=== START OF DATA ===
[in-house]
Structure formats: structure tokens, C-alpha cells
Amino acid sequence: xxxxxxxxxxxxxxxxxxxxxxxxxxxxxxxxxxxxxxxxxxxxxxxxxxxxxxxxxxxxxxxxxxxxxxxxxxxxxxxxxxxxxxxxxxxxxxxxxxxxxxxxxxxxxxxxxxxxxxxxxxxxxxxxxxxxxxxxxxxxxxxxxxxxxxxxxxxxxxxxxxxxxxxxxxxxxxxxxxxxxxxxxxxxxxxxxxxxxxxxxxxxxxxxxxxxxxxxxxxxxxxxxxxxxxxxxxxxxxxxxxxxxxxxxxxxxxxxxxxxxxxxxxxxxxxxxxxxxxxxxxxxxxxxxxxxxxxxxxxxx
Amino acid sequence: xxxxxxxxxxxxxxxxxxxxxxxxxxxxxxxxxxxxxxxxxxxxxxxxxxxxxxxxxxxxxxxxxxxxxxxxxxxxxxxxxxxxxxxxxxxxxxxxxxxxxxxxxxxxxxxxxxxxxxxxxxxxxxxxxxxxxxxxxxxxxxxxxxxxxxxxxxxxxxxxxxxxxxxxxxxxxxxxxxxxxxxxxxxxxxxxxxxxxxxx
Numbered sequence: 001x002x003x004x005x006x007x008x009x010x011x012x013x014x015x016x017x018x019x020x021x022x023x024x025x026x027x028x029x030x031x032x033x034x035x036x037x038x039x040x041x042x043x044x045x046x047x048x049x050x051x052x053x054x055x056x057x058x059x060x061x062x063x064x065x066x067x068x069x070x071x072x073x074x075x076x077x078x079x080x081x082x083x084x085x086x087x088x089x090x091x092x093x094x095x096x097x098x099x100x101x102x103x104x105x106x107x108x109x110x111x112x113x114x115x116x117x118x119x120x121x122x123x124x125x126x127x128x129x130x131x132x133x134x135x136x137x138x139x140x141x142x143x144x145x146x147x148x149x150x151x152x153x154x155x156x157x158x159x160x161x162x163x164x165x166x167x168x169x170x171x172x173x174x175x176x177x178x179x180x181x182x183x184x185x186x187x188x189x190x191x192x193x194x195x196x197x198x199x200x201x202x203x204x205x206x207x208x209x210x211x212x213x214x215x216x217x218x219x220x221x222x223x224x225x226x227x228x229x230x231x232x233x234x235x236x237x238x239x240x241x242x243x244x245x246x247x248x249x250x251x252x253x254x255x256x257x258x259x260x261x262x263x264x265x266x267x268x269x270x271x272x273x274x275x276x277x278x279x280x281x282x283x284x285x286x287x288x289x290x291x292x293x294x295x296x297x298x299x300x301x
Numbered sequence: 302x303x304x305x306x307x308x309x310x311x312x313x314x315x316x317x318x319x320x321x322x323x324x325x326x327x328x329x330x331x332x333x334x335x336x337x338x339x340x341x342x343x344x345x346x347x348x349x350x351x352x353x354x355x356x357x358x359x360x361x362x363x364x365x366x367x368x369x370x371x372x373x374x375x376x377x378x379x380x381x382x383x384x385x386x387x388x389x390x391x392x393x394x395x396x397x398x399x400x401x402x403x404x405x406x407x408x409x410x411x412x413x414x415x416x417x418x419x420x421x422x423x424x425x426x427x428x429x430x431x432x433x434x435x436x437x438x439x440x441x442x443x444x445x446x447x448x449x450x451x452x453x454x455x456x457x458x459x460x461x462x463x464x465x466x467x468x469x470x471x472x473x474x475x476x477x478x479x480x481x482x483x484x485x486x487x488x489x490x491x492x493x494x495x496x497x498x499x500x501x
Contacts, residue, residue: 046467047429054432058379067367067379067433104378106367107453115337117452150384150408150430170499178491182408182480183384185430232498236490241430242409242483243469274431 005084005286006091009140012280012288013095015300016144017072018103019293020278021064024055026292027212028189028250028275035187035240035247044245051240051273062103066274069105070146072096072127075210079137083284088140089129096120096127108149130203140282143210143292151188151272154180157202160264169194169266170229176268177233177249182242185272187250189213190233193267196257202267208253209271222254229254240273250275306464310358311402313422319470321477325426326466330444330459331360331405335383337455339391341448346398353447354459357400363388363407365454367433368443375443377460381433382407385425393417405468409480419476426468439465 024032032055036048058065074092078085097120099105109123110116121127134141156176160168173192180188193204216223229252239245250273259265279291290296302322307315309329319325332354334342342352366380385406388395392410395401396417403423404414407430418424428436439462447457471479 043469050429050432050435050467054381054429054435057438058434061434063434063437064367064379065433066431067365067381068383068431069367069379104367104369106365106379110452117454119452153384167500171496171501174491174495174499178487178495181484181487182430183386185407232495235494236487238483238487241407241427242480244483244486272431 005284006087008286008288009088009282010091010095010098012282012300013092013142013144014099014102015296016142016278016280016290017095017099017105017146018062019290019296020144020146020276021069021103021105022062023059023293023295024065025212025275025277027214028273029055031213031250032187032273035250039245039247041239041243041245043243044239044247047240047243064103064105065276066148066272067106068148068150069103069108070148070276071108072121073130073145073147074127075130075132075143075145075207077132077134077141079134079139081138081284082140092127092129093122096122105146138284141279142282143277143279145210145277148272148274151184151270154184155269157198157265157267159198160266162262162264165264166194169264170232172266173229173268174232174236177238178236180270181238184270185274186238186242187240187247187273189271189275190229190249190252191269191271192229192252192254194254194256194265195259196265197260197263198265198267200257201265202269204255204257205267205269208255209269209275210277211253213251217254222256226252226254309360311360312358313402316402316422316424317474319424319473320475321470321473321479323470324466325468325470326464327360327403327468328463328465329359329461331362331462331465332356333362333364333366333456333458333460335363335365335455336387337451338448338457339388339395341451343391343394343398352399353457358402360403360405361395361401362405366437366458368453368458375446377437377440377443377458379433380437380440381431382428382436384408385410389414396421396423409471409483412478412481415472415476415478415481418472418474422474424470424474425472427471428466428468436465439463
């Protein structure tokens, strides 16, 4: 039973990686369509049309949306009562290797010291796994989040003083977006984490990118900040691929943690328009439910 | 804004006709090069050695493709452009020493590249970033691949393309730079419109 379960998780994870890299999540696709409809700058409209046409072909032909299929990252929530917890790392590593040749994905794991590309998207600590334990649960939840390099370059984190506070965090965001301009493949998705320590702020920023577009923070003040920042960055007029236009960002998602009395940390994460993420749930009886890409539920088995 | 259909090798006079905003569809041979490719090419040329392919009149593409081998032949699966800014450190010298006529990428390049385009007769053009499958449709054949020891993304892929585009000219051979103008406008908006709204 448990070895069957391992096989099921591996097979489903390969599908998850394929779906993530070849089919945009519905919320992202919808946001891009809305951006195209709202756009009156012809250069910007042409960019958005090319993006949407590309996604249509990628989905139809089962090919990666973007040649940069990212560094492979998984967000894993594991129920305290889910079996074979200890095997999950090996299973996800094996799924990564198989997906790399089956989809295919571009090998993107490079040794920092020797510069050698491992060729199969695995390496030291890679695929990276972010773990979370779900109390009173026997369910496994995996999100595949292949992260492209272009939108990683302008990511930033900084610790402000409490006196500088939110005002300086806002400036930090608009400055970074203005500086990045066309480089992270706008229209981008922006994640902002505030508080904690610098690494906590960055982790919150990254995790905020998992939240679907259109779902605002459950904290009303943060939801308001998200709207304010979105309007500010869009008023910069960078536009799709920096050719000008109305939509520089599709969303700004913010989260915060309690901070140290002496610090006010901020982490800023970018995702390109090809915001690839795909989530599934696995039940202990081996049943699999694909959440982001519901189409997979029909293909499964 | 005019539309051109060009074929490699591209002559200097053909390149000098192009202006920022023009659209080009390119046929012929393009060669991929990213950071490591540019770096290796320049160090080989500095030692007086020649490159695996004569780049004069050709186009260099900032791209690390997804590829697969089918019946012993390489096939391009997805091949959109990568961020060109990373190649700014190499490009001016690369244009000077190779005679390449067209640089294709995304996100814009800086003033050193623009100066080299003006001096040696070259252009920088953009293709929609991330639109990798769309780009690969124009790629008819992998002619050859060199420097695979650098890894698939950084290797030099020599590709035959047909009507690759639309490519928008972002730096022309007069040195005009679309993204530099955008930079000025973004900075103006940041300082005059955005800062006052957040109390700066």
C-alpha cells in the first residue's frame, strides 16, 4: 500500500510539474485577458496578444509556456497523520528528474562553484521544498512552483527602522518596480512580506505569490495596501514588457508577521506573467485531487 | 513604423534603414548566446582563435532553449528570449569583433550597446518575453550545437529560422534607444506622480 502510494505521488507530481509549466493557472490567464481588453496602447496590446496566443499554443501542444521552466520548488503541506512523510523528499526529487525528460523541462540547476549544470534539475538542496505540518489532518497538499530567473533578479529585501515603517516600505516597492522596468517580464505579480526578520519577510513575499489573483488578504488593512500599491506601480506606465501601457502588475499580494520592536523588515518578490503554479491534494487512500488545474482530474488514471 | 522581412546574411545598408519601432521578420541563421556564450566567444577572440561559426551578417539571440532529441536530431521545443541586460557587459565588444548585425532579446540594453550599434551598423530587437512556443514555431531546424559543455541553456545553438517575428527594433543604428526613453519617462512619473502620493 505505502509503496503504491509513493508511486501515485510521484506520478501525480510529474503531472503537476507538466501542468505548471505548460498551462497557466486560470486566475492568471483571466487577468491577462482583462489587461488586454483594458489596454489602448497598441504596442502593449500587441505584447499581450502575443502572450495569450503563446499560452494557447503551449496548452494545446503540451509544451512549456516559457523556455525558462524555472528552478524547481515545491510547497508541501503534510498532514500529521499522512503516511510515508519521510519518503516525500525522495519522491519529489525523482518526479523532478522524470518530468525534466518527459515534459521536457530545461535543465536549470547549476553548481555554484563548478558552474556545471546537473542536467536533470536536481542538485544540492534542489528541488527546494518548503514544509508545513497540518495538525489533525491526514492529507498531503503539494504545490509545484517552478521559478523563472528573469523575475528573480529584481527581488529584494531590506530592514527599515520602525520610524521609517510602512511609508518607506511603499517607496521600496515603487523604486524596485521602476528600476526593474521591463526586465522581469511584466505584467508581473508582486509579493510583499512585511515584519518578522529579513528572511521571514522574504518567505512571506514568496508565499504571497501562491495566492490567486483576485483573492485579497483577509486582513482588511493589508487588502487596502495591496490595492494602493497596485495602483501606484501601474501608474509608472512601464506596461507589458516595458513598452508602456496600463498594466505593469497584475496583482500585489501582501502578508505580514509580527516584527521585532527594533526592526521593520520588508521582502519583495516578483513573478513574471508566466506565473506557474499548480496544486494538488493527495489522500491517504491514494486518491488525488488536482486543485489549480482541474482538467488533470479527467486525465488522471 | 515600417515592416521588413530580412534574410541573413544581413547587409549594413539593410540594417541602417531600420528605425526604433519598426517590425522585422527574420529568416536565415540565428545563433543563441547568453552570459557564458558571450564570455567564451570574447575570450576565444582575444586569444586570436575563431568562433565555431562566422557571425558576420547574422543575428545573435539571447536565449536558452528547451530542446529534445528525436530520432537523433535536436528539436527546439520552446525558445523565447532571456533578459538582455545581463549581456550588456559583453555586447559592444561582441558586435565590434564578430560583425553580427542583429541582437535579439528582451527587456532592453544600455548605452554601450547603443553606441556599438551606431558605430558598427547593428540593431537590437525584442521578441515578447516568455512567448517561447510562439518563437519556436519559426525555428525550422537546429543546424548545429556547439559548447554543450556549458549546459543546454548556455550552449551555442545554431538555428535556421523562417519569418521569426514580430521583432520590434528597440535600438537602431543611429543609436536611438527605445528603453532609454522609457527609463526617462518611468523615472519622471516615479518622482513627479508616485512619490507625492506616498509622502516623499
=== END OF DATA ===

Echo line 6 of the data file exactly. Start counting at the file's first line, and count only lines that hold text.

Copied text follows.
Numbered sequence: 302x303x304x305x306x307x308x309x310x311x312x313x314x315x316x317x318x319x320x321x322x323x324x325x326x327x328x329x330x331x332x333x334x335x336x337x338x339x340x341x342x343x344x345x346x347x348x349x350x351x352x353x354x355x356x357x358x359x360x361x362x363x364x365x366x367x368x369x370x371x372x373x374x375x376x377x378x379x380x381x382x383x384x385x386x387x388x389x390x391x392x393x394x395x396x397x398x399x400x401x402x403x404x405x406x407x408x409x410x411x412x413x414x415x416x417x418x419x420x421x422x423x424x425x426x427x428x429x430x431x432x433x434x435x436x437x438x439x440x441x442x443x444x445x446x447x448x449x450x451x452x453x454x455x456x457x458x459x460x461x462x463x464x465x466x467x468x469x470x471x472x473x474x475x476x477x478x479x480x481x482x483x484x485x486x487x488x489x490x491x492x493x494x495x496x497x498x499x500x501x